Biking to Europe’s largest dunes

The Curonian Spit © H. Padleckas

The Curonian Spit © H. Padleckas

I spent 4 months in Lithuania, which gave me plenty of time to explore the UNESCO World Heritage site ‘the Curonian Spit’ (a peninsula attached to the mainland in Russia’s Kaliningrad oblast) on foot, by bike and by bus. 

We strolled through Klaipėda’s Old Town (Senamiestis) with its cobblestone paths, historical houses and statues to reach the Old Ferry Terminal that takes passengers on foot and by bike across the Lagoon. I was surprised by the price of the ticket; 2,90LT, the equivalent of €0,84, little did I know this ticket was not only for the way there, but also for the way back, pretty sweet deal! The trip however didn’t last for more than a few minutes, so very soon we were ready to take our rented MTBs out for a spin.

Although our ultimate goal was to reach the Russian border by bike, our untrained legs and butts were begging us to reconsider, so we decided to bike over 30 km to the largest sand dunes of Europe – an amazing 60m high 😉 – instead of the 55km we needed to pedal to reach Russia.. and back home. The start of the bike trail took us through a forested rollercoaster of curves with small hills and valleys that woke the butterflies in our stomachs. The path was soon covered by a thin layer of sand as the first dunes appeared. We threw our bikes aside to climb the mountains of sand and to see the peaceful Baltic Sea with its soothing sound of waves rolling up on the beach. The forests alternated with wide open fields and shrubs, so we were hoping to see some moose or other nice wildlife, but since we were far from the only bikers on the road, our chances were slim. We did encounter a lot of elderly people running through the forests with baskets of reed collecting mushrooms. Lithuania has around 380 edible mushroom species, so late summer and autumn are the seasons where all the mushroom magic happens.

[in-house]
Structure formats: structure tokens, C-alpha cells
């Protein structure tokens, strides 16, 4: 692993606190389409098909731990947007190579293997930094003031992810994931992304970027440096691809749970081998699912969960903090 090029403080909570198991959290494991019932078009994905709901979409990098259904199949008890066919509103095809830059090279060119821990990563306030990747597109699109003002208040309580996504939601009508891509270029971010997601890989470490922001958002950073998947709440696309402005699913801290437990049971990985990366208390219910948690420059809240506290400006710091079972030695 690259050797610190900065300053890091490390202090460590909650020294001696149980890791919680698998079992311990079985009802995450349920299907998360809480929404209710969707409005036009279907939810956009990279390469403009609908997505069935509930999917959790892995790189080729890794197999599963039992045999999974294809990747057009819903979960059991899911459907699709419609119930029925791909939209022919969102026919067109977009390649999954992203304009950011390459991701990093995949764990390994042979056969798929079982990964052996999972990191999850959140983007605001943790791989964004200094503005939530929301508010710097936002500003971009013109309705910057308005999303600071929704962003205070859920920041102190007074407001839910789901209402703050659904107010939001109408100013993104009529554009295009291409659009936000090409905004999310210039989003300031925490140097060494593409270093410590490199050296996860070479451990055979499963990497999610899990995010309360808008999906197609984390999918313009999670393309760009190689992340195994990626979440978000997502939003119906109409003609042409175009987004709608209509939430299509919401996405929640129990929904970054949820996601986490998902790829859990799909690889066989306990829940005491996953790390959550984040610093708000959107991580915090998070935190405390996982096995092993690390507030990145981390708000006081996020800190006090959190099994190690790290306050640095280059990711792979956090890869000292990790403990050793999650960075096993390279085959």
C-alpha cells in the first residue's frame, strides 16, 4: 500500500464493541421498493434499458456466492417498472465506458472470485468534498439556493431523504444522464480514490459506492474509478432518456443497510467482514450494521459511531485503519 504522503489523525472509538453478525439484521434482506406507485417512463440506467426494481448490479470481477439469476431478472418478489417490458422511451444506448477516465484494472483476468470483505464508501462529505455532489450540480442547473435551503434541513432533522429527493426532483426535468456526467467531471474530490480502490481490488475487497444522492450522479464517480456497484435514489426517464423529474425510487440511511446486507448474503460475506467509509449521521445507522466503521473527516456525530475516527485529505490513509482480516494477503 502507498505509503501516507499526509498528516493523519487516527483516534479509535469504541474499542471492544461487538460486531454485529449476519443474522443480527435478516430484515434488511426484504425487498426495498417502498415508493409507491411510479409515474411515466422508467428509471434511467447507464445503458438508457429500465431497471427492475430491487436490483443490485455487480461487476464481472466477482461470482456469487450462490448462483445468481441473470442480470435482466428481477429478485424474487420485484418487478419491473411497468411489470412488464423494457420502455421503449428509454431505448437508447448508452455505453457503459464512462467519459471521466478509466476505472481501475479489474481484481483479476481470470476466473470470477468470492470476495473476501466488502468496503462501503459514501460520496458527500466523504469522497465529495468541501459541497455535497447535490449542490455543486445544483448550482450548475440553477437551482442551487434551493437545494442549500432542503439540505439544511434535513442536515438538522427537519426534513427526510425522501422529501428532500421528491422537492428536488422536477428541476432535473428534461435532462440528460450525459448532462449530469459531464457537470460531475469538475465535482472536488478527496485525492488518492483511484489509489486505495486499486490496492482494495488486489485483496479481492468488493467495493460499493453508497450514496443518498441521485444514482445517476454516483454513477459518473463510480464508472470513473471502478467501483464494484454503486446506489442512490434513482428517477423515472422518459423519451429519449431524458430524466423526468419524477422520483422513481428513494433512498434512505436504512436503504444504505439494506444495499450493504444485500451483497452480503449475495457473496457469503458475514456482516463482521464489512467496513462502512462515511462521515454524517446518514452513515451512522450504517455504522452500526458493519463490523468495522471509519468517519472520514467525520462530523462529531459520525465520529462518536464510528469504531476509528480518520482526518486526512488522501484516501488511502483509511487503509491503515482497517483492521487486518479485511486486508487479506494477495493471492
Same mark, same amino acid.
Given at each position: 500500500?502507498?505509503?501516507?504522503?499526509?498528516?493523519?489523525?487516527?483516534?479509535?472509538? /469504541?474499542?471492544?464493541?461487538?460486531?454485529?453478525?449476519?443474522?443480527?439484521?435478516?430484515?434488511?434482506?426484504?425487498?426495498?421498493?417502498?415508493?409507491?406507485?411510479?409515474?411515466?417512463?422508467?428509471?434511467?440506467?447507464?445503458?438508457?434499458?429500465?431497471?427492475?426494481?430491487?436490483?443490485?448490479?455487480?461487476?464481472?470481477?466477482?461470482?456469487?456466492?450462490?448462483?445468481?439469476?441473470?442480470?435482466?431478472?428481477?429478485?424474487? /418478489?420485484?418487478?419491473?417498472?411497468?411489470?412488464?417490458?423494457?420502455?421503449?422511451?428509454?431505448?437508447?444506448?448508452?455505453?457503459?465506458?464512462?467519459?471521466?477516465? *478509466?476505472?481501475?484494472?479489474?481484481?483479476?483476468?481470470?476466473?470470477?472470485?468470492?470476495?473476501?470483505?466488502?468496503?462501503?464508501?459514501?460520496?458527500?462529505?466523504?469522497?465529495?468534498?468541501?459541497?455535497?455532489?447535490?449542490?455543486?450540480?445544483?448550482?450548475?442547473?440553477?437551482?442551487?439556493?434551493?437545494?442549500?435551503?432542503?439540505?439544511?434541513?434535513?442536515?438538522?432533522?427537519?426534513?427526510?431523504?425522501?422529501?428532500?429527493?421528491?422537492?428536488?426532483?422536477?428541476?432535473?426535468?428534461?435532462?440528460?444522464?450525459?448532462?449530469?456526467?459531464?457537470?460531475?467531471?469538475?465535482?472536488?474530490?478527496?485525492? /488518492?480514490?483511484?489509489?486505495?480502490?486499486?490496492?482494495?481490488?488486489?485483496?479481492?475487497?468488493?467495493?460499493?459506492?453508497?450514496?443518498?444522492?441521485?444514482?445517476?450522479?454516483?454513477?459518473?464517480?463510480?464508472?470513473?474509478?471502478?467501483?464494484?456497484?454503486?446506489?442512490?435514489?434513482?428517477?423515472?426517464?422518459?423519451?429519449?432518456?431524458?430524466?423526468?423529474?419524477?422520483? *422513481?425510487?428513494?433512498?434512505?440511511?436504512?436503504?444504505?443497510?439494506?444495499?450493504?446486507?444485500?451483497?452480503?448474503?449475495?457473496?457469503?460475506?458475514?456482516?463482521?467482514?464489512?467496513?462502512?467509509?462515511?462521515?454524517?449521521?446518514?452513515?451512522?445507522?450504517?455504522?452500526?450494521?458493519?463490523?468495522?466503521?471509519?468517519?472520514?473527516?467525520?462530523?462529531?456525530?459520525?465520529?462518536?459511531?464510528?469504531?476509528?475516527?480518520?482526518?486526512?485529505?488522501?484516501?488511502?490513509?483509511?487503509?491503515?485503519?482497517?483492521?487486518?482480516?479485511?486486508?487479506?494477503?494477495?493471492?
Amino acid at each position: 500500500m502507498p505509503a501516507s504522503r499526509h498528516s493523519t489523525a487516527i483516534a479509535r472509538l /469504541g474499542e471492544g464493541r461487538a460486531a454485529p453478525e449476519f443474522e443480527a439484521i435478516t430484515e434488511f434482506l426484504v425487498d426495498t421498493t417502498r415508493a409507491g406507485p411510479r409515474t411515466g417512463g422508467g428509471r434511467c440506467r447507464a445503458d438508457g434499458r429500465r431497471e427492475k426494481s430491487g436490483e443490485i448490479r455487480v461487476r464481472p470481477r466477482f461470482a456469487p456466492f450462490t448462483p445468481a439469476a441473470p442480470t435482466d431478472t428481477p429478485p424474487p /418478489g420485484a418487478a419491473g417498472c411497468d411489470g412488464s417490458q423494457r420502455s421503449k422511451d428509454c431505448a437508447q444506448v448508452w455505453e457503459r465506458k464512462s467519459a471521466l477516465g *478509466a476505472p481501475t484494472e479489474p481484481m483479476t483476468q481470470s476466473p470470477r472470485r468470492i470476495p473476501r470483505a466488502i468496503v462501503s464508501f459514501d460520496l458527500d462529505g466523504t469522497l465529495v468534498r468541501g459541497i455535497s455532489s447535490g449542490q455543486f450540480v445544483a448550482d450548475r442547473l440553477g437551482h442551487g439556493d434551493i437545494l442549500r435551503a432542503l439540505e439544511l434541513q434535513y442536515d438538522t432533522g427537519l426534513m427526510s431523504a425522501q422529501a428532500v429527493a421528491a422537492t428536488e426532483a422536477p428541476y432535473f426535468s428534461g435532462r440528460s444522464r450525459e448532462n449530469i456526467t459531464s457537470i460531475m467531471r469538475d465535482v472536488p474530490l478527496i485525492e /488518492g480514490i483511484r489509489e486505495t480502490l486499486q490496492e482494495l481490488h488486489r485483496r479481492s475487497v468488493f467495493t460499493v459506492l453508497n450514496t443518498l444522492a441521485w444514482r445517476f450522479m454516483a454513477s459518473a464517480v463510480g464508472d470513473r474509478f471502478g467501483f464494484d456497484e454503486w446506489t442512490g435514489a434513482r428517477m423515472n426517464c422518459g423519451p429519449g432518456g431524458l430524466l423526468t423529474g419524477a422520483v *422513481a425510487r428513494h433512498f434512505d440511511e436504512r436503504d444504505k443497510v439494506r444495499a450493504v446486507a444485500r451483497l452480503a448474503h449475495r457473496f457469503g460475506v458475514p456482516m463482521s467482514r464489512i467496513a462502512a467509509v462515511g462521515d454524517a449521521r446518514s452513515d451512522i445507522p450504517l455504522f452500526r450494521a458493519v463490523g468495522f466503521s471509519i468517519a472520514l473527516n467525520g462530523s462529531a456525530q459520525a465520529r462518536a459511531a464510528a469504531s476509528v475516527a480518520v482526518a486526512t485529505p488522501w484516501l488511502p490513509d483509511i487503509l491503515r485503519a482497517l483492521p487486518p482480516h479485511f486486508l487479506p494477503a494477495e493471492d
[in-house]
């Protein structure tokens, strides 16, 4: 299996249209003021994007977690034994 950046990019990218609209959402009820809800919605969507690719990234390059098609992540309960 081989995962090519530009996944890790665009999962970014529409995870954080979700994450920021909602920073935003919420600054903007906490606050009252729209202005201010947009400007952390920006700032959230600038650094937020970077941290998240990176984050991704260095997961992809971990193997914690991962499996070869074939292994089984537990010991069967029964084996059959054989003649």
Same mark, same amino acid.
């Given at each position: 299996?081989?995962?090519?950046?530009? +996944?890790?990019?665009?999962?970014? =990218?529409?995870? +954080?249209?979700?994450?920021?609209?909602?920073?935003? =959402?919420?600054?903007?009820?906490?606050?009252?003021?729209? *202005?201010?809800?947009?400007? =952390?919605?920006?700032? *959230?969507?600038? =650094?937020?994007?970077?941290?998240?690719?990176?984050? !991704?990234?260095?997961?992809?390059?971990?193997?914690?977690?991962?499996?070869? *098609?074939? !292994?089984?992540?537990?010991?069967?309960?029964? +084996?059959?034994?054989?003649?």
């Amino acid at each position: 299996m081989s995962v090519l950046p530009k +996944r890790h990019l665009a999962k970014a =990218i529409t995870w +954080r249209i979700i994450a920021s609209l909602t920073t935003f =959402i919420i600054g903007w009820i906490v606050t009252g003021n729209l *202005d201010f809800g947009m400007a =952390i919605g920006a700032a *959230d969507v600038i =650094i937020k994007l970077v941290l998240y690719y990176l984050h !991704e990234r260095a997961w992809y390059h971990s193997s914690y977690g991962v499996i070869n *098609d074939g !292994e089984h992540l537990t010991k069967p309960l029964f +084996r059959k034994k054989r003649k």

After hours of biking and enjoying the sunny scenery we made it to the village ‘Juodkrantė’, one of the 5 villages on the European part of the National Park. The villages used to face the Baltic Sea, but due to erosion they were forced to be moved to the lagoon side of the peninsula that’s just over 1km wide. The village was peaceful and quiet and full of little statues and art. A large wooden sign pointed towards a small path going up the Hill of Witches (Raganų Kalnas) where you can admire a collection of wooden statues carved out by hand. Unfortunately we had to move on if we wanted to reach the dunes in time, because we were surprisingly slow on the first part of the trip, that’s what happens if you enjoy yourself too much!

So we decided to drive on the road instead of the bike path this time, because it was more straight and would take us less time. A decision we soon regretted when we saw the steep hill we needed to pass on the too small road full of crazy bus drivers. *Honk Honk* “yes we know, we shouldn’t be here!”. We kept on biking, but our butts were getting sore and we were considering giving up and turning back because we had no clue how far we still had to go. Next to the road the bike path suddenly appeared and some bikers that looked a bit too fresh were coming from the opposite direction. It gave us hope that we were close, and indeed we were!

The small parking lot for dune-visitors had a pimped out coffee car waiting for us, and just like magic we got ourselves a fresh cup of coffee in the middle of nowhere. We were glad to get off our bikes to go for a walk while taking up the heavenly caffeine in our blood stream. The dunes were less impressive than I imagined them to be, but the day was too perfect to mope. When standing on top of the dunes you had a 360° view over the area, the lagoon was in front of us and the steep walls of sand were going down all the way to the waterline. Behind us we could see the forests that were trying to hide the sea behind it, a light breeze brought us some fresh air to relax and enjoy the astonishing view.

A few weeks later I did manage to reach the Russian Border near Nida on my own. To be honest the dunes here were much nicer than the ones we saw near Juodkrantė. Here, you can wander through a landscape of dunes without stumbling upon others! I walked through the dunes for hours, followed animal tracks, sneaking up on butterflies and discovering small beaches near the lagoon. I even found hobbit-land! The UNESCO village ‘Nida’ with just over 1600 inhabitants was a gorgeous sight, worth visiting, especially when the tourist season is over!


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